Posts Tagged ‘TrueHoop’

The correct answer to the key question about the 76ers …

Thursday, February 2nd, 2012

is that:

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Justin Kubatko, of Basketball-Reference, doesn’t mess around with numbers. He doesn’t get all excited about things that don’t matter. And the other day in The New York Times he wrote:

There have been 38 teams in N.B.A. history with a point differential of at least plus-10.0 points a game through their first 18 games. The median winning percentage of those teams was .753, which translates to 49.7 wins over a 66-game season. Additionally, 24 of those teams advanced to the N.B.A. finals, with 19 claiming the championship.

In short, mediocre teams do not go on extended runs in which they routinely outscored opponents by double-digit margins. If history serves as a guide, Philadelphia is a contender.

In other words, there are interesting numbers to suggest the Sixers are even money to win the title this year. Which is one nutty thing to suggest.

On the other hand, half the teams that have started this hot in NBA history did not win the title. And there is good reason to suspect these Sixers may fall into that category. They have played just about the easiest schedule in the NBA. When they have played the power teams on the road they have generally lost — at Portland, at Utah, at New York, and badly at Miami. They have also lost at home to the Nuggets and (gulp) Nets.

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Unfortunately, Philadelphia is not yet a legitimate contender to win the NBA Championship this season … since there are 5 teams in the Eastern Conference with more overall talent on their roster.

Although Philadelphia is a much better team than many so-called “NBA experts” may have erroneously projected in the off and/or pre season, in reality, this team is also not nearly as good as the number-crunchers might try to tell you it is, at this point in the season, based on their marginal of victory to-date … and, until the 76ers actually have Top 4 talent on their roster, they should not ever be considered as one of the few legitimate contending teams in the hunt for the NBA Championship in a given season, at least, by an authentic NBA expert.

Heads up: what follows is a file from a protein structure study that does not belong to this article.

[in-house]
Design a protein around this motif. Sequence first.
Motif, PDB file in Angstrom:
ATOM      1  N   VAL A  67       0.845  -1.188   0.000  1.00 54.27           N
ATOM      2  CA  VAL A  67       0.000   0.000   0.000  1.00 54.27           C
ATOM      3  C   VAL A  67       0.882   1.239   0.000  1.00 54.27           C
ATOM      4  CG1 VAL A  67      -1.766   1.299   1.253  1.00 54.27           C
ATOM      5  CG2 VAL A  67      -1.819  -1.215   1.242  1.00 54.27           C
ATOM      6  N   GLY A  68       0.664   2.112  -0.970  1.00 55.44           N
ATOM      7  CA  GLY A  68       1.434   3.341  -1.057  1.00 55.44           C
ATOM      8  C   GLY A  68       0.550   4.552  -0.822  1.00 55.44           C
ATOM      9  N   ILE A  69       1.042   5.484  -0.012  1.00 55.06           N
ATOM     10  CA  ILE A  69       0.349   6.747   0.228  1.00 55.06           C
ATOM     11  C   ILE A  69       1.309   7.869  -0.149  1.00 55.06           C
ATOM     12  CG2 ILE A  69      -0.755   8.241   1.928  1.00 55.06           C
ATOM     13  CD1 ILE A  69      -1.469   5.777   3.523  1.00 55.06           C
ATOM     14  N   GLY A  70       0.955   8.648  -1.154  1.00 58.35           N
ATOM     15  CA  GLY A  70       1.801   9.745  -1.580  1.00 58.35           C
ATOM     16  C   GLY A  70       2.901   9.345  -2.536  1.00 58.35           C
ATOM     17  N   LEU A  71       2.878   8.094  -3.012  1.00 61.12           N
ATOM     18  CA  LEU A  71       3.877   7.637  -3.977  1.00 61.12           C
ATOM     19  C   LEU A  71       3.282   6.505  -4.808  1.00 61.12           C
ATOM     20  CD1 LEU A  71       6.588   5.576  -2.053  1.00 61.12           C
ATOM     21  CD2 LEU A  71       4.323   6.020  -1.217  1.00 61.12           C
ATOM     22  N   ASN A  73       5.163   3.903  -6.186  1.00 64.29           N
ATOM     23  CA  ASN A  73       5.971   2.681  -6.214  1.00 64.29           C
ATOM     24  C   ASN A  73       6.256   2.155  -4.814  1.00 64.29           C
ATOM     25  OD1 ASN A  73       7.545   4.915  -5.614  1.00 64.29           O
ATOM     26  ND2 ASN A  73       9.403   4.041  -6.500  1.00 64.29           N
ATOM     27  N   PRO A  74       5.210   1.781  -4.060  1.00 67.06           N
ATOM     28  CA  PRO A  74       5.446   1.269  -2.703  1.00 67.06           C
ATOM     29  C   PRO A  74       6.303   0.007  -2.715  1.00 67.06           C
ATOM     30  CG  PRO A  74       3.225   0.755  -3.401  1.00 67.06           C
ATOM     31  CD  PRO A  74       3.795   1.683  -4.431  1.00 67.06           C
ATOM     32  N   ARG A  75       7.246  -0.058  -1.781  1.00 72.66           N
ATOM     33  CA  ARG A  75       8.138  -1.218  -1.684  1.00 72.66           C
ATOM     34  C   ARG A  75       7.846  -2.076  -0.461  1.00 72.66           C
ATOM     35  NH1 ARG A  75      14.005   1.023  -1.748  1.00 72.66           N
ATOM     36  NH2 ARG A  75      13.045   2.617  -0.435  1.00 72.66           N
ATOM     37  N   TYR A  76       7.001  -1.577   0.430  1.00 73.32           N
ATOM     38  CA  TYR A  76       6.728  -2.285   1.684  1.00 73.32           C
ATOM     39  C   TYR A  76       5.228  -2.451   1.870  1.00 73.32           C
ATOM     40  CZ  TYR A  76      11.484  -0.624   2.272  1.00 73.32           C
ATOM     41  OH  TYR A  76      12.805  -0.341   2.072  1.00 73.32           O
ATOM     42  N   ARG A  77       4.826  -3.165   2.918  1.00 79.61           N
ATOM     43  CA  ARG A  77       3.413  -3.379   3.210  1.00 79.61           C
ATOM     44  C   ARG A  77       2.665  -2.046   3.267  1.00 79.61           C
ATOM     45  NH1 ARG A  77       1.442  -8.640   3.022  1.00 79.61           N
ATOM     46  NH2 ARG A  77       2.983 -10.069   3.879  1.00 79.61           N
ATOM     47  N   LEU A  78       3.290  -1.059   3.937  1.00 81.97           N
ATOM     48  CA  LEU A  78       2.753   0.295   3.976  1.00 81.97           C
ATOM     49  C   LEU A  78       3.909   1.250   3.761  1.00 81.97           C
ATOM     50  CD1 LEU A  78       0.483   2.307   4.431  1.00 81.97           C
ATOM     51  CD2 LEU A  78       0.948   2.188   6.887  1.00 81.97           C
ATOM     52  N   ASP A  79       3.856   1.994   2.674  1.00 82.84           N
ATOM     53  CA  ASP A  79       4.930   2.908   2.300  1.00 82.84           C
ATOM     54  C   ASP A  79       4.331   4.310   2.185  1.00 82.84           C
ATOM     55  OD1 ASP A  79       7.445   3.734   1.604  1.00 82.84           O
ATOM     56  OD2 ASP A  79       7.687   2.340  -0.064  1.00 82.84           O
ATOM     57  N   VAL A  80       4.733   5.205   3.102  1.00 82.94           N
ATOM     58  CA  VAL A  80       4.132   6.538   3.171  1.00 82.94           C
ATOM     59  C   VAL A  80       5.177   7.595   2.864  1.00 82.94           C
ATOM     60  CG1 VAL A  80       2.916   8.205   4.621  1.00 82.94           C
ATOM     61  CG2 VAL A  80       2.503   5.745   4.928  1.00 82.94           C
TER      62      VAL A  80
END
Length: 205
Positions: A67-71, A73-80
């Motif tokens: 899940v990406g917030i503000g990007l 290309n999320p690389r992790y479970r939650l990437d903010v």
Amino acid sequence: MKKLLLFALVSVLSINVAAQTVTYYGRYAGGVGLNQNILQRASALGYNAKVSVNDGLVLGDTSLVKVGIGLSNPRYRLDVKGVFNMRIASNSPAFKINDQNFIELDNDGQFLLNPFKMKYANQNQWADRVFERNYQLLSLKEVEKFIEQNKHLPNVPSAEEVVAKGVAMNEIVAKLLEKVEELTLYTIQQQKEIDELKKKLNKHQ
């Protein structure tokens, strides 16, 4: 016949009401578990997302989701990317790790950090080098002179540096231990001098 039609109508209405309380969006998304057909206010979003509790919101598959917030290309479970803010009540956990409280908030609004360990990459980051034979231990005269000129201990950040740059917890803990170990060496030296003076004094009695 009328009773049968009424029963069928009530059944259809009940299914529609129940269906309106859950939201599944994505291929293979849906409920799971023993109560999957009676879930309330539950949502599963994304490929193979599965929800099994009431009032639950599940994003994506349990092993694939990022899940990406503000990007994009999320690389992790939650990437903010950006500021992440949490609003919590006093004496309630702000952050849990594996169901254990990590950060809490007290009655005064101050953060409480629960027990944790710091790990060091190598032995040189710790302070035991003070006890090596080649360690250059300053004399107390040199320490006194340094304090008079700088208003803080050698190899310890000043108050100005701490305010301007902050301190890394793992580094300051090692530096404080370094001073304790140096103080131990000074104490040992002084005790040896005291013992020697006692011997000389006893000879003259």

Magic and Power of the internet …

Monday, August 15th, 2011

It really is quite interesting to see how the internet actually works, especially in the world of sports.

If you take a look at the following two links:

#1. Basketball on Paper WAR and the Best Peak Regular-Season Players Since 1978 [Wed-Jul-27-2011];

and,

#2. Real minutes played [Mon-Aug-15-2011].

then, you should be able to tell that:

i. Henry Abbott is a regular visitor to Basketball-reference.com;

ii. At least some of what actually gets written on the subject of “accurate player evaluation, in the NBA,” across the blogosphere, by other “reputable” sources, may in fact, have it’s point of origin properly associated with yours truly [e.g. including, the ridiculously simple concept of assessing “like” individual basketball players according to their:

MAJOR ACCOMPLISHMENT Team Individual
a. League Championships won;
b. Conf. Championships won;
c. Playoff Series wins;
d. Playoff Games wins;
e. Minutes Played.

:-)

PS. In fact, it should come as no surprise, at all, to see yet another “one-size-fits-all” metric soon developed by someone else, to capture this exact information in a handy-dandy table. ;)

ROI – Tyson Chandler unplugged

Thursday, August 4th, 2011

Read this fantastic interview from today’s TrueHoop:

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Tyson Chandler, speaking freely